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obso 9780195341119

Five Biblical remixes from Rev. Dr. Martin Luther King, Jr.

Civil Rights icon Reverend Dr. Martin Luther King, Jr. was also a theologian and pastor, who used biblical texts and imagery extensively in his speeches and sermons. Here is a selection of five biblical quotations and allusions that you may not have noticed in his work (in chronological order).

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9780195301731

Four remarkable figures in Black History

Given the scope and the length of time I’ve been working on the African American National Biography (over 13 years and counting), selecting just a few biographies that were somehow “representative” of the overall project would have been an impossible task. Instead, working with The Root’s managing editor, Lyne Pitts, I chose four entries that showcased some of the diversity of the collection, but focused on hidden or barely remembered figures in black history.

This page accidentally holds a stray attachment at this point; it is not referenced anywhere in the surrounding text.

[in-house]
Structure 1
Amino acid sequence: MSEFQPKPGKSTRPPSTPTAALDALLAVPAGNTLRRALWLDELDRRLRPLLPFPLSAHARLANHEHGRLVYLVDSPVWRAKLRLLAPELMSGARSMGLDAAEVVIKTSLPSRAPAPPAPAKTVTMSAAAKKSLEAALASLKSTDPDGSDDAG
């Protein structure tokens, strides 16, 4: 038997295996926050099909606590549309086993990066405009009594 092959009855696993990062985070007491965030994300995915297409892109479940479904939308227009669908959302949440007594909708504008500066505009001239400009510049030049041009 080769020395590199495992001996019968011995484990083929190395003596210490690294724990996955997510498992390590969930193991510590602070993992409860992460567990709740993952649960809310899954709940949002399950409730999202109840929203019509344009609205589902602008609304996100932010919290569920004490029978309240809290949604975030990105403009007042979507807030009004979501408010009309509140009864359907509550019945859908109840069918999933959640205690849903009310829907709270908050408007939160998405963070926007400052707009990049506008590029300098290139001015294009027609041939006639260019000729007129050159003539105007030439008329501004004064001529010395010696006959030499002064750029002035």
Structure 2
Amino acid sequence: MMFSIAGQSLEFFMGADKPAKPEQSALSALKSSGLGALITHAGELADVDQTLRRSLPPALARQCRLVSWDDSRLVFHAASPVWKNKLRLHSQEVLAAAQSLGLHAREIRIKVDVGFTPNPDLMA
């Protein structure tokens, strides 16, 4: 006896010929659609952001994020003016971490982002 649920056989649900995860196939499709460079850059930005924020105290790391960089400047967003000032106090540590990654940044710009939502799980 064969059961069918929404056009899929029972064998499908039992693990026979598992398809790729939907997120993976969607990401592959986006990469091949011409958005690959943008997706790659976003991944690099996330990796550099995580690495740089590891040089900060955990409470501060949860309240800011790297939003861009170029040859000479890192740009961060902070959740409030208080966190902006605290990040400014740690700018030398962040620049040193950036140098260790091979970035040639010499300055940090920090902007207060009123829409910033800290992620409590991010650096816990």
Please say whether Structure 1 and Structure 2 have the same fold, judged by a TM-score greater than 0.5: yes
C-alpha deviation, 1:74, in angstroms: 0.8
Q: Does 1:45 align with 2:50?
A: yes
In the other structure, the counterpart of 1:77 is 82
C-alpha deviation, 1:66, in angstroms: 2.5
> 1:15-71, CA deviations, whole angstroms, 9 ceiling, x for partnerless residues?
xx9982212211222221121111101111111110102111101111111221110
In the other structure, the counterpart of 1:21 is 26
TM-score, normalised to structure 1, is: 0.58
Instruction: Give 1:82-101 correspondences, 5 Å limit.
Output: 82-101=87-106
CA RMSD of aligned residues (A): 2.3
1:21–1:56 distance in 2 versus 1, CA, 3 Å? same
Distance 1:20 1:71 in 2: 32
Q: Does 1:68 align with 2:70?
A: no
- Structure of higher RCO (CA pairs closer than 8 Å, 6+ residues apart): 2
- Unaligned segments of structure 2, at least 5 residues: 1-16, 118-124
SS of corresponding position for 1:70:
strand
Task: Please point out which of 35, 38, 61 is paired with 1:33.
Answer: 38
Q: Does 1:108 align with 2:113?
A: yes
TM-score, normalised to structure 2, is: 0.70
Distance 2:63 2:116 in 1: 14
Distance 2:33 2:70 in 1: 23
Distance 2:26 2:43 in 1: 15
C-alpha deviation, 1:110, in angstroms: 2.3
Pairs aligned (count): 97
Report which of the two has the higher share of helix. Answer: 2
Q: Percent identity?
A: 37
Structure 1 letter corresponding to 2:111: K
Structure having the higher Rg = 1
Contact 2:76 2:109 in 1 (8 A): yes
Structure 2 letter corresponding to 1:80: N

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9781561592630 oxford grove music online logo

Iggy (Azalea) pop: Is cultural appropriation inappropriate?

Popular music is much more than mere entertainment—it helps us make sense of who we are or who we hope to be. Although music is but one of pop culture’s media outlets, our tendency to embody and take ownership of sound—whether through our headphones, MP3 downloads, dancing, or singing—often makes it difficult to separate our personal connection to popular music from the cultural context in which it was created.

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9780190249717

Understanding the psychology of eating disorders [infographic]